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For more information, send email to Ken Chen

Poem, Honorable Mention for the annual Diner contest

…end your e-mails. ¶ Good night. ¶ Laying of long nights in the belly of this nearly no hope. Snow slinging groundwards (clichés clinging to grief). Dim eye-lit bedroom ceiling that aspires into eyelid. ¶ Good night. ¶ Forgive me God my habit-envy. Tetris and morning tea. These things will be here when I’m gone. ¶ Bar Park Bookstore Street Diner. You-less, I’ve been shredded from you. ¶ Your face when telling stories you are satisfied with. Your face when bored as if your inside fell asleep. Your face when everything falls off it—honest face. ¶ The tempt museum sputtered out red and yellow flames, fringed by the black cough of smoke, the conclusion only a charred mark denting the grasses, yearlong arson having greased the air so earnestly, you’d have thought I had just invented fire. (Losing your looks.) ¶ Want to know each other, already know each other. Such sweat of intellect, panting to catch up to being. ¶ Want you whip me with your eyelash more. ¶ Why do we cover our mouths in embarrassment? Once we have seen the fangs we can never forget them. ¶ Love is the best inelegance. It came up to you and said “No longer be who you are.” ¶ Once upon a time, a man decided to eat no food and breathe no air. When people asked him why, he told them he would let nothing more inside himself. ¶ What came in the mail yesterday: extra-large Salvation Army t-shirt, Chekhov paperback, toothbrush, her earring. No note. ¶ I want to remember you. ¶ Just not so well. ¶ Actually she’s actually much more tender than he makes her out to be, he said to my friends. ¶ Add this only since you’ve stated your preference for concrete details. ¶ If we were a drought then why this, the tears? ¶ Despair, not the abortion of hope. We notice its thinness. Oh hope, thin as air. Thinner—thin as belief. ¶ Turns up the radio real loud, wants his neighbors to think he has people over. He knows the walls are thick, chuckles himself desperate. ¶ Dreams it seems are always present tense. ¶ I go to the café and ask them if they have found my magic rings, maybe between the sofa cushions. No but we have your mail. Cell phone bill, bank statement—so much mail I have to walk down the street with a wheelbarrow and in the dream I keep on thinking, If only I’d seen these earlier, if only ¶ I opened the letters and found they were all in Latin. I do not understand Latin. ¶ This only makes them more appropriately you. ¶ Good night. ¶ Sadness, the cave—fun burying yourself. ¶ Easy the down. The hard part is up, skulking back into real identity. ¶ Was laughing last night. Time you started glaring at your eyelashes in the mirror and ¶ I miss your cute little theses. ¶ Only because as a commodity, your self is harder to replace. ¶ In my dream last night we were playing rock paper scissors. ¶ The longing-patient watches movies and listens to music. ¶ Lonely people are good at coldness. ¶ As for empathy your e-mail said no thanks. ¶ The body’s reasons are more than reasonable. If we were together. If we could solve these conversations by holding each other, talkless in the blue morning. ¶ You came over when I was asleep and laminated my body. Mylar heartbreak makes water-resistant. Not silver, not crystal. Seek to be plastic. ¶ The theft of hope can be the most effective gift. ¶ The guy at Best Buy didn’t say. Tell him the TV would make such a great lamp! Click. ¶ Good night. ¶ Sorrow assumes hope or memory. No hope. Only amnesia left. ¶ But the photographs said we were happy. ¶ The past is more irrevocable than either love or hate. Is this our hope, you ask: nostalgia? ¶ No, just evidence that something once happened between two people. ¶ The second was ours. Was is the definition of time. Time past tense. ¶ Several years later, he said to a friend of his who was having a hard time with his oldest son—he said this over coffee, “Did you know that sadness is just a place. You can come back from it and totally forget you were ever there.” The friend said “You mean like a vacation? Is that what you’re calling this.” He said “Yeah, maybe.” ¶ That night on our way back from the beach when the streetlights shone at us, powdering the road and the headlights feathering us softly like photographic flashes, when the flashes forgot to flash and glow forever like tangerines lighting an orchard at night and it felt like we were onstage—this morning I figured out who our audience was, that night. It is the two of us, looking back at ourselves in time. ¶ Good night. ¶ Yes (she thought, taking her gum out and putting it on the saucer) it seems even more implausible now. ¶ And there is nothing left. Is there nothing left?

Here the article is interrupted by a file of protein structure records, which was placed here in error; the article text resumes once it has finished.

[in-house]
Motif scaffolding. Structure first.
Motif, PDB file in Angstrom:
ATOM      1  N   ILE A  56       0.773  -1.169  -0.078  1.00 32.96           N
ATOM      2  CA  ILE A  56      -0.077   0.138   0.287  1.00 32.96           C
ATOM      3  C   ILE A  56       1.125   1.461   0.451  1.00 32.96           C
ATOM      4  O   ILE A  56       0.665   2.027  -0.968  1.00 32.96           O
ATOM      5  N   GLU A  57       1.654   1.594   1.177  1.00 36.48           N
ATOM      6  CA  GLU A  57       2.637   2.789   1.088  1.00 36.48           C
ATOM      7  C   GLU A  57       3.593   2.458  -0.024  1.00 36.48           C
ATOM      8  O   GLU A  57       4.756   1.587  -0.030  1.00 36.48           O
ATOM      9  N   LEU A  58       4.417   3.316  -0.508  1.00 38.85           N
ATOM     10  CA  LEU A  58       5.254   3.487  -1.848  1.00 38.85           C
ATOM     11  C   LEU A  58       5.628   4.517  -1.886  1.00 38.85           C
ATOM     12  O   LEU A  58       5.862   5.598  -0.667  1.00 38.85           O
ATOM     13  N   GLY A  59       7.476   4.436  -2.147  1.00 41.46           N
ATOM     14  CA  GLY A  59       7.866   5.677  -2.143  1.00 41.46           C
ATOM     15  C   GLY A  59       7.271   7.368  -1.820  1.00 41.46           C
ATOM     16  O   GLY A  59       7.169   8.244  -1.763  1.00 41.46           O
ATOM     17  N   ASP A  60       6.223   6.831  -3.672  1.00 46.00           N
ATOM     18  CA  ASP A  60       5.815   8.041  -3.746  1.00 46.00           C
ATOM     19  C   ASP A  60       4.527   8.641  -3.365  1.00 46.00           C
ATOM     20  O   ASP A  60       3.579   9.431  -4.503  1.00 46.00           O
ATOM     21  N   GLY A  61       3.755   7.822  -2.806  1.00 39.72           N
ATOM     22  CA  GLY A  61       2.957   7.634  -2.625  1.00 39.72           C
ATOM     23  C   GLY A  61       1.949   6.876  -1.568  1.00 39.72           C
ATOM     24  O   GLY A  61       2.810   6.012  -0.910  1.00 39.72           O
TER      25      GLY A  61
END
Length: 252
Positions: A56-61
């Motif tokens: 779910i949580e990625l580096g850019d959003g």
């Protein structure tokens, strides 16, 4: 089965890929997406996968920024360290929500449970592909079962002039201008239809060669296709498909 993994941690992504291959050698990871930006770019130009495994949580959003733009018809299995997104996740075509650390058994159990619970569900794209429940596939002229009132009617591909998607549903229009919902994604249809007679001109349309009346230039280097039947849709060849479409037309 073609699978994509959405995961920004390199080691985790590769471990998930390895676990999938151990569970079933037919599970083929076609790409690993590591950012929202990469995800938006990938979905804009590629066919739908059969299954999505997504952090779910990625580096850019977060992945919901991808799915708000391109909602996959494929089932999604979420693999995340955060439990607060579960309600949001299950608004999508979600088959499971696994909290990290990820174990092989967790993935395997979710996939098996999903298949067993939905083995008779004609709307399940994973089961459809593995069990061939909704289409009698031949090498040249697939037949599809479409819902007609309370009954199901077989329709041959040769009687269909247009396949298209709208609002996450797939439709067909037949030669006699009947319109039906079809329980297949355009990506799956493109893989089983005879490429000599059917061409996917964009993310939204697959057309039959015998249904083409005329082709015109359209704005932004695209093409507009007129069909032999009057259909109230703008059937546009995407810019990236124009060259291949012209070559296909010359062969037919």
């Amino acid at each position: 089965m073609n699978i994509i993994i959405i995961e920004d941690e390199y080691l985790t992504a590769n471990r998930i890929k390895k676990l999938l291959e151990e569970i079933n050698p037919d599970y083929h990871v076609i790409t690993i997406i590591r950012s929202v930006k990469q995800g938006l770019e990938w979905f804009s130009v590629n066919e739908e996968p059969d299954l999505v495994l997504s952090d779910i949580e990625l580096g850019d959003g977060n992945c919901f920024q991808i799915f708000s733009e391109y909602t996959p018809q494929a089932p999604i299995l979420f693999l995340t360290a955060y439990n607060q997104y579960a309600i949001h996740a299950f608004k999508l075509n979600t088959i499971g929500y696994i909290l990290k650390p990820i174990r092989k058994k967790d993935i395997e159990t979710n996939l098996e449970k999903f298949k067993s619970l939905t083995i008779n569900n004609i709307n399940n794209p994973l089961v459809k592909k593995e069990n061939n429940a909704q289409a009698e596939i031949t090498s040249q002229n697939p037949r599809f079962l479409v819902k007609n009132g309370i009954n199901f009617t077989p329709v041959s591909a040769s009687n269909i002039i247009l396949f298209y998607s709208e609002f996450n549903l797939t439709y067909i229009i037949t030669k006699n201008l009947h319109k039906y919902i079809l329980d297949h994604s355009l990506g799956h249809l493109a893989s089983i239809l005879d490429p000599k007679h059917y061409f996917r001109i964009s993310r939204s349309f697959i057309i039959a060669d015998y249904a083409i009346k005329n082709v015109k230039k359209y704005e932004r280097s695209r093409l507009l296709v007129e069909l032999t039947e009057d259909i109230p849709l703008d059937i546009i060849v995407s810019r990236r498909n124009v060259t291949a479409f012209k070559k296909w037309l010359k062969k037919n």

All content, unless otherwise noted, (c) Ken Chen, 1998-2006. Ken Chen can be reached by email.

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